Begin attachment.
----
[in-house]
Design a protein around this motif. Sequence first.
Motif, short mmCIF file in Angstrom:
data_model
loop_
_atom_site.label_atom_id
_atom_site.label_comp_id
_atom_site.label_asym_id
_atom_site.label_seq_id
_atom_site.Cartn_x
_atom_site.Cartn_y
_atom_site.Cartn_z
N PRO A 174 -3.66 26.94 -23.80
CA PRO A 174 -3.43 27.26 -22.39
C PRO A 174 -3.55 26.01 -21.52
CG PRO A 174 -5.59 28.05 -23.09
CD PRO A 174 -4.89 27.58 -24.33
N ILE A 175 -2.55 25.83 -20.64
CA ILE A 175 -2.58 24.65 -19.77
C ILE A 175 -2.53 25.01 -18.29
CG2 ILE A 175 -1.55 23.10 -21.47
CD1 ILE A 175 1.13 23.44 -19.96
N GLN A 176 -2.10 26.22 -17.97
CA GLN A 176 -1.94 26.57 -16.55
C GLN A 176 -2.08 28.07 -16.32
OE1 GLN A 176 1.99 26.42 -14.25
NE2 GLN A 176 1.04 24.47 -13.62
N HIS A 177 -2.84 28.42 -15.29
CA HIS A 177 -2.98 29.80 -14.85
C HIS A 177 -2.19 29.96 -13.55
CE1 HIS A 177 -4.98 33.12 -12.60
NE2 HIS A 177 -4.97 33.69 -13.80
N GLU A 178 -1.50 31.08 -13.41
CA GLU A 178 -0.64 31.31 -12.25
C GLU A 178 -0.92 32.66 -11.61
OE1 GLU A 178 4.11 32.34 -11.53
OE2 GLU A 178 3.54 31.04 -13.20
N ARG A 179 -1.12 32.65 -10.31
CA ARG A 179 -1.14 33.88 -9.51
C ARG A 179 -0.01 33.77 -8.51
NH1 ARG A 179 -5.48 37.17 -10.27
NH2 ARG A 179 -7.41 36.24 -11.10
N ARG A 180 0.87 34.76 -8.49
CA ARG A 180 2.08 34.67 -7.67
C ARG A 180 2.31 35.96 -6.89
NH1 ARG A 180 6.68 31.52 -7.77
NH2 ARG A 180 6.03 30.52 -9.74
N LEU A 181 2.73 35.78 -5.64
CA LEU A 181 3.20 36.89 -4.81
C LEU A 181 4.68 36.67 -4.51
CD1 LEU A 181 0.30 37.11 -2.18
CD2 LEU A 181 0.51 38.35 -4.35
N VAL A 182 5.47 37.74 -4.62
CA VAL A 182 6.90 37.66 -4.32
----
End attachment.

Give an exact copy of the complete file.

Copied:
[in-house]
Design a protein around this motif. Sequence first.
Motif, short mmCIF file in Angstrom:
data_model
loop_
_atom_site.label_atom_id
_atom_site.label_comp_id
_atom_site.label_asym_id
_atom_site.label_seq_id
_atom_site.Cartn_x
_atom_site.Cartn_y
_atom_site.Cartn_z
N PRO A 174 -3.66 26.94 -23.80
CA PRO A 174 -3.43 27.26 -22.39
C PRO A 174 -3.55 26.01 -21.52
CG PRO A 174 -5.59 28.05 -23.09
CD PRO A 174 -4.89 27.58 -24.33
N ILE A 175 -2.55 25.83 -20.64
CA ILE A 175 -2.58 24.65 -19.77
C ILE A 175 -2.53 25.01 -18.29
CG2 ILE A 175 -1.55 23.10 -21.47
CD1 ILE A 175 1.13 23.44 -19.96
N GLN A 176 -2.10 26.22 -17.97
CA GLN A 176 -1.94 26.57 -16.55
C GLN A 176 -2.08 28.07 -16.32
OE1 GLN A 176 1.99 26.42 -14.25
NE2 GLN A 176 1.04 24.47 -13.62
N HIS A 177 -2.84 28.42 -15.29
CA HIS A 177 -2.98 29.80 -14.85
C HIS A 177 -2.19 29.96 -13.55
CE1 HIS A 177 -4.98 33.12 -12.60
NE2 HIS A 177 -4.97 33.69 -13.80
N GLU A 178 -1.50 31.08 -13.41
CA GLU A 178 -0.64 31.31 -12.25
C GLU A 178 -0.92 32.66 -11.61
OE1 GLU A 178 4.11 32.34 -11.53
OE2 GLU A 178 3.54 31.04 -13.20
N ARG A 179 -1.12 32.65 -10.31
CA ARG A 179 -1.14 33.88 -9.51
C ARG A 179 -0.01 33.77 -8.51
NH1 ARG A 179 -5.48 37.17 -10.27
NH2 ARG A 179 -7.41 36.24 -11.10
N ARG A 180 0.87 34.76 -8.49
CA ARG A 180 2.08 34.67 -7.67
C ARG A 180 2.31 35.96 -6.89
NH1 ARG A 180 6.68 31.52 -7.77
NH2 ARG A 180 6.03 30.52 -9.74
N LEU A 181 2.73 35.78 -5.64
CA LEU A 181 3.20 36.89 -4.81
C LEU A 181 4.68 36.67 -4.51
CD1 LEU A 181 0.30 37.11 -2.18
CD2 LEU A 181 0.51 38.35 -4.35
N VAL A 182 5.47 37.74 -4.62
CA VAL A 182 6.90 37.66 -4.32